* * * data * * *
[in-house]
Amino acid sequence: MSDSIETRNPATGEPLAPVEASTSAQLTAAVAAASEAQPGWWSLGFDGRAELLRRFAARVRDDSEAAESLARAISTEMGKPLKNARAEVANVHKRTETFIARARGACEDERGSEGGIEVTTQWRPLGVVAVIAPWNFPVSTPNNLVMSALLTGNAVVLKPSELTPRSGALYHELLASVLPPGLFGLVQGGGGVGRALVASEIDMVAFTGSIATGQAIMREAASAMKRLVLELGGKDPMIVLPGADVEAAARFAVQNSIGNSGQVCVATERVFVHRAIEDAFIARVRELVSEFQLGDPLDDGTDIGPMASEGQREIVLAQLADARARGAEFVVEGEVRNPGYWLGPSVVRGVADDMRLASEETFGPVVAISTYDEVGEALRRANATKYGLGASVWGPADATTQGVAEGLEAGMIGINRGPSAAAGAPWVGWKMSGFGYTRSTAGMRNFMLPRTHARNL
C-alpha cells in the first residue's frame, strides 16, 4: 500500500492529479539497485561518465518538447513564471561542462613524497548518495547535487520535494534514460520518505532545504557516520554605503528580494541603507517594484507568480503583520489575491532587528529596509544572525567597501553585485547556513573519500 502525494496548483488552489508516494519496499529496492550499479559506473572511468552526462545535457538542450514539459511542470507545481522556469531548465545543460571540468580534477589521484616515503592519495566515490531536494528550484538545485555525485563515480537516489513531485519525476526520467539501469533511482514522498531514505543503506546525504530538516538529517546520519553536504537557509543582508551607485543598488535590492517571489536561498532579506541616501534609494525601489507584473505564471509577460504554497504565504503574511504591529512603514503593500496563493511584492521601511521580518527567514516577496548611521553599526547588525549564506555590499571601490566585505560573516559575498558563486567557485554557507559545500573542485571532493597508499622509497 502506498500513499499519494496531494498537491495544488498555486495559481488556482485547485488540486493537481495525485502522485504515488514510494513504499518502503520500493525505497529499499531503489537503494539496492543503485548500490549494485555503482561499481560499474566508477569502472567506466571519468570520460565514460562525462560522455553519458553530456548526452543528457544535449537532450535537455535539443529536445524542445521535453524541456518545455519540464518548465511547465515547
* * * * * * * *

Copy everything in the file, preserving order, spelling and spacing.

[in-house]
Amino acid sequence: MSDSIETRNPATGEPLAPVEASTSAQLTAAVAAASEAQPGWWSLGFDGRAELLRRFAARVRDDSEAAESLARAISTEMGKPLKNARAEVANVHKRTETFIARARGACEDERGSEGGIEVTTQWRPLGVVAVIAPWNFPVSTPNNLVMSALLTGNAVVLKPSELTPRSGALYHELLASVLPPGLFGLVQGGGGVGRALVASEIDMVAFTGSIATGQAIMREAASAMKRLVLELGGKDPMIVLPGADVEAAARFAVQNSIGNSGQVCVATERVFVHRAIEDAFIARVRELVSEFQLGDPLDDGTDIGPMASEGQREIVLAQLADARARGAEFVVEGEVRNPGYWLGPSVVRGVADDMRLASEETFGPVVAISTYDEVGEALRRANATKYGLGASVWGPADATTQGVAEGLEAGMIGINRGPSAAAGAPWVGWKMSGFGYTRSTAGMRNFMLPRTHARNL
C-alpha cells in the first residue's frame, strides 16, 4: 500500500492529479539497485561518465518538447513564471561542462613524497548518495547535487520535494534514460520518505532545504557516520554605503528580494541603507517594484507568480503583520489575491532587528529596509544572525567597501553585485547556513573519500 502525494496548483488552489508516494519496499529496492550499479559506473572511468552526462545535457538542450514539459511542470507545481522556469531548465545543460571540468580534477589521484616515503592519495566515490531536494528550484538545485555525485563515480537516489513531485519525476526520467539501469533511482514522498531514505543503506546525504530538516538529517546520519553536504537557509543582508551607485543598488535590492517571489536561498532579506541616501534609494525601489507584473505564471509577460504554497504565504503574511504591529512603514503593500496563493511584492521601511521580518527567514516577496548611521553599526547588525549564506555590499571601490566585505560573516559575498558563486567557485554557507559545500573542485571532493597508499622509497 502506498500513499499519494496531494498537491495544488498555486495559481488556482485547485488540486493537481495525485502522485504515488514510494513504499518502503520500493525505497529499499531503489537503494539496492543503485548500490549494485555503482561499481560499474566508477569502472567506466571519468570520460565514460562525462560522455553519458553530456548526452543528457544535449537532450535537455535539443529536445524542445521535453524541456518545455519540464518548465511547465515547